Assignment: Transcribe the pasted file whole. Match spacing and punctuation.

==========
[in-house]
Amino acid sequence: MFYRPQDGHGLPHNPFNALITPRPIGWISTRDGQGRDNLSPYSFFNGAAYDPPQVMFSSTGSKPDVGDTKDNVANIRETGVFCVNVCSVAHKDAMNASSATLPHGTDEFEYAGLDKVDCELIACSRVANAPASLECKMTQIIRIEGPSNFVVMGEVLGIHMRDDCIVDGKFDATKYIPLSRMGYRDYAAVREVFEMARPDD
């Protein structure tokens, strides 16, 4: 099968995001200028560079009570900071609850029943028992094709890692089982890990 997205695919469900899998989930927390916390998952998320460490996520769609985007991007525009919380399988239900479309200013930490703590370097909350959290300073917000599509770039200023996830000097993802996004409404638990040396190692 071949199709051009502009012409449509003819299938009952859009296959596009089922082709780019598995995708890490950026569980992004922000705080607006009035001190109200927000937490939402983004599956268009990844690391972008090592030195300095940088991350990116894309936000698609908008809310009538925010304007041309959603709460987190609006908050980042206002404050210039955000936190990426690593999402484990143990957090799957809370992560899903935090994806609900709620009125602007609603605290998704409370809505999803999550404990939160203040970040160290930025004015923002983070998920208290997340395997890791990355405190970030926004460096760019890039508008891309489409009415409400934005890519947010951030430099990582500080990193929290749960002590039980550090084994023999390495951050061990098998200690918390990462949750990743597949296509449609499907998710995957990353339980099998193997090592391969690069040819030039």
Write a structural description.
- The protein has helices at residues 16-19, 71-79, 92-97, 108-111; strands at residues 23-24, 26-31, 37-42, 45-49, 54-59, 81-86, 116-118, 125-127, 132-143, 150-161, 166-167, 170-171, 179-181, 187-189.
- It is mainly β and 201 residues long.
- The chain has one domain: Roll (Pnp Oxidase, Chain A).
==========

[in-house]
Amino acid sequence: MFYRPQDGHGLPHNPFNALITPRPIGWISTRDGQGRDNLSPYSFFNGAAYDPPQVMFSSTGSKPDVGDTKDNVANIRETGVFCVNVCSVAHKDAMNASSATLPHGTDEFEYAGLDKVDCELIACSRVANAPASLECKMTQIIRIEGPSNFVVMGEVLGIHMRDDCIVDGKFDATKYIPLSRMGYRDYAAVREVFEMARPDD
């Protein structure tokens, strides 16, 4: 099968995001200028560079009570900071609850029943028992094709890692089982890990 997205695919469900899998989930927390916390998952998320460490996520769609985007991007525009919380399988239900479309200013930490703590370097909350959290300073917000599509770039200023996830000097993802996004409404638990040396190692 071949199709051009502009012409449509003819299938009952859009296959596009089922082709780019598995995708890490950026569980992004922000705080607006009035001190109200927000937490939402983004599956268009990844690391972008090592030195300095940088991350990116894309936000698609908008809310009538925010304007041309959603709460987190609006908050980042206002404050210039955000936190990426690593999402484990143990957090799957809370992560899903935090994806609900709620009125602007609603605290998704409370809505999803999550404990939160203040970040160290930025004015923002983070998920208290997340395997890791990355405190970030926004460096760019890039508008891309489409009415409400934005890519947010951030430099990582500080990193929290749960002590039980550090084994023999390495951050061990098998200690918390990462949750990743597949296509449609499907998710995957990353339980099998193997090592391969690069040819030039």
Write a structural description.
- The protein has helices at residues 16-19, 71-79, 92-97, 108-111; strands at residues 23-24, 26-31, 37-42, 45-49, 54-59, 81-86, 116-118, 125-127, 132-143, 150-161, 166-167, 170-171, 179-181, 187-189.
- It is mainly β and 201 residues long.
- The chain has one domain: Roll (Pnp Oxidase, Chain A).